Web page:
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Can This Chair Be Saved?

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  • #16

    Re: Can This Chair Be Saved?

    Here is perhaps the worst chair repair that I've ever seen. U.G.L.Y. https://www.youtube.com/watch?v=cbV68Y7_hQk

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    • #17

      Re: Can This Chair Be Saved?

      Man.  That was great
      Noel

      "Being so impressed with the beauty of nature, I never cease to be amazed at how the
      'touch of the human hand' can transform it into another kind of beauty that is so uniquely human.
      "

      John Snow, Outdoorsman and Retired Teacher

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      • #18

        Re: Can This Chair Be Saved?

        Originally posted by woody820 View Post
        Here is perhaps the worst chair repair that I've ever seen. U.G.L.Y. https://www.youtube.com/watch?v=cbV68Y7_hQk
        Realistically, short of replacing the whole leg or maybe doing a better job of getting the joint tight and matching the finish better what else could he have done? The dowells likely do a good job of reinforcing the repair. What would you suggest as a prettier repair? In many cases making a strong repair is a challenge, making an invisible repair is " Mission Impossible" even by the pros.
        Redneck Albertan likes this.

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        • #19

          Re: Can This Chair Be Saved?

          I hope that by now the chair owner will have give up on the idea of a repair and that Ryan will be relived he is not wondering how he is going to fix it.
          I while ago I came across an old fellow who had been promising his wife he would renovate 4 chairs for years, I offered to do 2 of them for some wood he had, as you can imagine it was a bigger job than I expected (aren't they all) I took every joint apart they had hand cut dowels, I put the legs on the lathe and sanded them up, where there were bits missing I glued new pieces of wood on I drilled out all the old dowels to 1/2" and glued them up with a thick epoxy so all the gaps were filled, there were a lot of nails to remove and a lot of sanding, I remember one of them didn't glue up correctly and the front was not parallel to the back or maybe the sides were not at the same angle, it was interesting that some of the seat padding was dried grass.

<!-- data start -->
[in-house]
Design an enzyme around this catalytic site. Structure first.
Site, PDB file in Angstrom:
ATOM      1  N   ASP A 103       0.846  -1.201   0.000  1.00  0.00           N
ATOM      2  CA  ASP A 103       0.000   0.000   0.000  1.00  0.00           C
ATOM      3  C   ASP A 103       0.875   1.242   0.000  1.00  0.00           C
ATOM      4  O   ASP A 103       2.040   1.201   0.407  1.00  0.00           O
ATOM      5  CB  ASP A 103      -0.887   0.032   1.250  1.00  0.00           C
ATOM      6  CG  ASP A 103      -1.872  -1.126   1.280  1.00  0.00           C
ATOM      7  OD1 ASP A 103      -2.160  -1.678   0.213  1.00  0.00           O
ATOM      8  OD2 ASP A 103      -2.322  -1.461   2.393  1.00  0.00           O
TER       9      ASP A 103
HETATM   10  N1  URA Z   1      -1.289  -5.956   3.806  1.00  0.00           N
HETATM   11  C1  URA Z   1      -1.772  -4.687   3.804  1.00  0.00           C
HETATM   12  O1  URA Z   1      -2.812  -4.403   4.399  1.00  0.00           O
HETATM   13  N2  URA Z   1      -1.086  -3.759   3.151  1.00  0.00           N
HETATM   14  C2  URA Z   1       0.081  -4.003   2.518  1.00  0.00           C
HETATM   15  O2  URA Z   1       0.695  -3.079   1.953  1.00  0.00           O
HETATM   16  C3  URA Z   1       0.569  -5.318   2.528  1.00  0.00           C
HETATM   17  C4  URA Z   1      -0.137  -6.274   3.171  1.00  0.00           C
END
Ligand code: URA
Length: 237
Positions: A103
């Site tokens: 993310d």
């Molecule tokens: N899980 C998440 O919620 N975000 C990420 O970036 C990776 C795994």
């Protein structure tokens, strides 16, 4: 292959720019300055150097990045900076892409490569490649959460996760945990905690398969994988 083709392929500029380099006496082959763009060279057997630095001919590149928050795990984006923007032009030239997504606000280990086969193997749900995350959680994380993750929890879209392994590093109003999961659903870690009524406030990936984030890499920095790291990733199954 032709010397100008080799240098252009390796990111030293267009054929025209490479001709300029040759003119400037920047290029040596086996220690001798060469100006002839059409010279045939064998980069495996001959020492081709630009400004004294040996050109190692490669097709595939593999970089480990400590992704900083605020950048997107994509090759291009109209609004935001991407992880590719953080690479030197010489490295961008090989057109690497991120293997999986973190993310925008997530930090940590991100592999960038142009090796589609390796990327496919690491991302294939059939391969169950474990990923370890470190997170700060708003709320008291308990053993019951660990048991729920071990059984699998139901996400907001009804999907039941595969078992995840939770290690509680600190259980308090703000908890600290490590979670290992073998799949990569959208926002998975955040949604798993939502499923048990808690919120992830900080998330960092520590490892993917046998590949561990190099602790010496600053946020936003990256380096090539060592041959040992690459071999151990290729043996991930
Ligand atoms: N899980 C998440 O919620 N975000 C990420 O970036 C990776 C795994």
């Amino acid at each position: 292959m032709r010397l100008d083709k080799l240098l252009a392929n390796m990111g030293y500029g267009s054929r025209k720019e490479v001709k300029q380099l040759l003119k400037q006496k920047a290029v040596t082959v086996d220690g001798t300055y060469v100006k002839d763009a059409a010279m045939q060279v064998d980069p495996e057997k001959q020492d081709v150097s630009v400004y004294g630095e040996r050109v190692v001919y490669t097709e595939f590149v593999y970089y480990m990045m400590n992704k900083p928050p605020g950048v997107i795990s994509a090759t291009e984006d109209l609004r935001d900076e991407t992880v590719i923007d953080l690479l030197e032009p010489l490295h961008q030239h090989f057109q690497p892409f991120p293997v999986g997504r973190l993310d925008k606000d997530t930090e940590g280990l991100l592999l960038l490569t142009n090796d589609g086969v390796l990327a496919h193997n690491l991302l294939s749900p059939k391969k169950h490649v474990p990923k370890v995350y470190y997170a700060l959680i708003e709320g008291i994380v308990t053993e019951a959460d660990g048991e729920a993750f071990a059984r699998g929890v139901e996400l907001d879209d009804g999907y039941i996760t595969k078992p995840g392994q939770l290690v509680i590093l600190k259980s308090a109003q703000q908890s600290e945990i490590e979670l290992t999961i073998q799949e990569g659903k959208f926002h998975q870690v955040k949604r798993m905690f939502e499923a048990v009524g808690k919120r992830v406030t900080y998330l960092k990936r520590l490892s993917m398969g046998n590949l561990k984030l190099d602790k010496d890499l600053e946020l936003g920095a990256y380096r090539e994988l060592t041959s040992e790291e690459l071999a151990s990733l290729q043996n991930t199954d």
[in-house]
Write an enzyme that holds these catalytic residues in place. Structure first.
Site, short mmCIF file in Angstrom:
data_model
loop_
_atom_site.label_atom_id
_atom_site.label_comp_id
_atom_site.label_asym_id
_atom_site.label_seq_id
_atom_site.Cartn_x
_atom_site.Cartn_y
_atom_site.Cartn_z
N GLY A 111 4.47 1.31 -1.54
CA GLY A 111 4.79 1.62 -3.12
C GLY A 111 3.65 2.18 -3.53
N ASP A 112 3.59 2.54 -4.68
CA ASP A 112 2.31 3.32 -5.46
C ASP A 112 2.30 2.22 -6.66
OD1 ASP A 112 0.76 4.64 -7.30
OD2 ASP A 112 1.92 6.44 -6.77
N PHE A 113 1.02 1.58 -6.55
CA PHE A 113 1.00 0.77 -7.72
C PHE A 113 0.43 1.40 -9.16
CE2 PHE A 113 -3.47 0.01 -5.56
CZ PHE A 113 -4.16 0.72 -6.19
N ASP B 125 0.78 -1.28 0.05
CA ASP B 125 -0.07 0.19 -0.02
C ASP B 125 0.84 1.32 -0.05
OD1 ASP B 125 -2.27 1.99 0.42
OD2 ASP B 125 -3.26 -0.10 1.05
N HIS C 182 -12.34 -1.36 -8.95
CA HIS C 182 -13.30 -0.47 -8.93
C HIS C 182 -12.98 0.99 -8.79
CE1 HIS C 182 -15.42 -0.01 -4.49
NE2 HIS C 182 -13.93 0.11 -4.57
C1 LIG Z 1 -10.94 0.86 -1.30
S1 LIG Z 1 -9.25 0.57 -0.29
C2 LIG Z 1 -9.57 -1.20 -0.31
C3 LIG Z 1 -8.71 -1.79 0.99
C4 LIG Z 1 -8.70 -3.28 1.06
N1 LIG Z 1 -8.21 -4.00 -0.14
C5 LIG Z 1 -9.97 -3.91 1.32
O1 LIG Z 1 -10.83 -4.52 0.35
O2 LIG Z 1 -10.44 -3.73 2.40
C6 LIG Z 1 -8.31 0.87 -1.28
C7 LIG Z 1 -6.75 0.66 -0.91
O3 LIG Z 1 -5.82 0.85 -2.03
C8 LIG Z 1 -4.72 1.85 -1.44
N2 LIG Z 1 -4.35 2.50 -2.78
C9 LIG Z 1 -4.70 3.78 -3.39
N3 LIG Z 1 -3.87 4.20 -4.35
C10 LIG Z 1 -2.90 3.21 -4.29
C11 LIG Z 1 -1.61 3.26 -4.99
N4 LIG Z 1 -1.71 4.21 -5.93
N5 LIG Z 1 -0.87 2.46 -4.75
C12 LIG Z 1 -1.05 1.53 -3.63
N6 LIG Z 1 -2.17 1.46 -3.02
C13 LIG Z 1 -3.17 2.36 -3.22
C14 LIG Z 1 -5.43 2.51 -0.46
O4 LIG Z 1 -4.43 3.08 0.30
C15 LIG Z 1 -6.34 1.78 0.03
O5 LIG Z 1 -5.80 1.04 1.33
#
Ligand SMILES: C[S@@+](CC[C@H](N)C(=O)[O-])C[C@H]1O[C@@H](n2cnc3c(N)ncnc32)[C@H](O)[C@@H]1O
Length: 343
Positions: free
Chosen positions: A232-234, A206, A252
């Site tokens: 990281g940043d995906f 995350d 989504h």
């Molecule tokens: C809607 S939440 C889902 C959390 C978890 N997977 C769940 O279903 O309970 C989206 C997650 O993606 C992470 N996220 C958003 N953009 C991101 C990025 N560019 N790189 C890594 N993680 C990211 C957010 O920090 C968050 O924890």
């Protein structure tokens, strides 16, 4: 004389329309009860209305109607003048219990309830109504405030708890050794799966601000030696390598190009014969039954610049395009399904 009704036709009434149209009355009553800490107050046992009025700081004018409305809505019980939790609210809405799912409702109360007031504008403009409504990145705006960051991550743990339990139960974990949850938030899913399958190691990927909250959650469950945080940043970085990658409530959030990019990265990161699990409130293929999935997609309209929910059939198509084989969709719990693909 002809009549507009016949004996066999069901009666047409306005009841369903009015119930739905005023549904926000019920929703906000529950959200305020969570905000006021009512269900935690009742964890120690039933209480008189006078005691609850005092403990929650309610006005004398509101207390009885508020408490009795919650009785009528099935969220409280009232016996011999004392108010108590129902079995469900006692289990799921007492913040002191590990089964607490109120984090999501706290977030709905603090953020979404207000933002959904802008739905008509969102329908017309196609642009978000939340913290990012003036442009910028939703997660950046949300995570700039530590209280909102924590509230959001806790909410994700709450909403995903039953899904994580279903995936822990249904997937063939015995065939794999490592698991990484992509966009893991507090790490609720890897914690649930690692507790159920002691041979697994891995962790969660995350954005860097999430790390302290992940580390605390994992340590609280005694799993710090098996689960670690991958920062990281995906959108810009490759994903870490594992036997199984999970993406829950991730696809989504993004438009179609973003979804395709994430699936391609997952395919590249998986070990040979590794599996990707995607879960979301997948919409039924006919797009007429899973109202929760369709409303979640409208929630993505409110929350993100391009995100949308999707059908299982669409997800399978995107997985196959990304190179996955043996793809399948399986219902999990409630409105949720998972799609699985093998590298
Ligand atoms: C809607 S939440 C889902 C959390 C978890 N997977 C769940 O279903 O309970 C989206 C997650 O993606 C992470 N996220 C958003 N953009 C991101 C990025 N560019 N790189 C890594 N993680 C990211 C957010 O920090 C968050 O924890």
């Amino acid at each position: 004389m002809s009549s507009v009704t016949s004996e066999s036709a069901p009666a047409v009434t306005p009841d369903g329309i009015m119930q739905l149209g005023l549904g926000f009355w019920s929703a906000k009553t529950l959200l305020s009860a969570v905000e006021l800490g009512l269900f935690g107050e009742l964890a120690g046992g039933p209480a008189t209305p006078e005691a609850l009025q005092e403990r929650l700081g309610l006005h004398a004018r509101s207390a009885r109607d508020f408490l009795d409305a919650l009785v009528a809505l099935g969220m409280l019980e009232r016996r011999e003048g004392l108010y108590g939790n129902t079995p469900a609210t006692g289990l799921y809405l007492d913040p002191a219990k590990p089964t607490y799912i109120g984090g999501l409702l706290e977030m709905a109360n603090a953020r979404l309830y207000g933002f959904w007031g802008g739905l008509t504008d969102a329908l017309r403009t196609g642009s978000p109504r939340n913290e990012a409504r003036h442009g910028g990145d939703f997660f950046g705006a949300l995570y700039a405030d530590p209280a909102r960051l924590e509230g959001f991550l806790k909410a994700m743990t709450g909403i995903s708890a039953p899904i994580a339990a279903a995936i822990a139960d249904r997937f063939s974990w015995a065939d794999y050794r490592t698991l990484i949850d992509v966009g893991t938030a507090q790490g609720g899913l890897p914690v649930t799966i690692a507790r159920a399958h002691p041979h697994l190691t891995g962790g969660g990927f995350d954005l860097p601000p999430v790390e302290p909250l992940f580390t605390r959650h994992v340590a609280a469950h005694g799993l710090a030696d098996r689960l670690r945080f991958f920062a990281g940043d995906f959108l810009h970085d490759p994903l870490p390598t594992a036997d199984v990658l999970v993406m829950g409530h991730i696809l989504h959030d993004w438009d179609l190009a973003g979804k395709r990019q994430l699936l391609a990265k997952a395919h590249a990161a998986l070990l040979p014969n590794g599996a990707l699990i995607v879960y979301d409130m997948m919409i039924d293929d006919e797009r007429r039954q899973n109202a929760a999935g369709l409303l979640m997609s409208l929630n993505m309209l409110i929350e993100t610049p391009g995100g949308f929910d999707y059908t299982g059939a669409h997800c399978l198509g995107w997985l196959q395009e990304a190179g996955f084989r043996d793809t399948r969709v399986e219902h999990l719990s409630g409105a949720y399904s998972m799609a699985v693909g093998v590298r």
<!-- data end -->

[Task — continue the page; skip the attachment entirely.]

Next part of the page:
The man was happy and offered to pay me to do the other 2, I think I got minimum wage but then I would not have wanted to pay that much if they had been mine.
          The owner had to get them sprayed and upholster, I did get around to his house one day and they did look a million dollars, they could have easily have been on the rubbish pile or in the fire as no one else would have done what I did.    

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          • #20

            Re: Can This Chair Be Saved?

            Originally posted by Doug G View Post

            making an invisible repair is " Mission Impossible" even by the pros.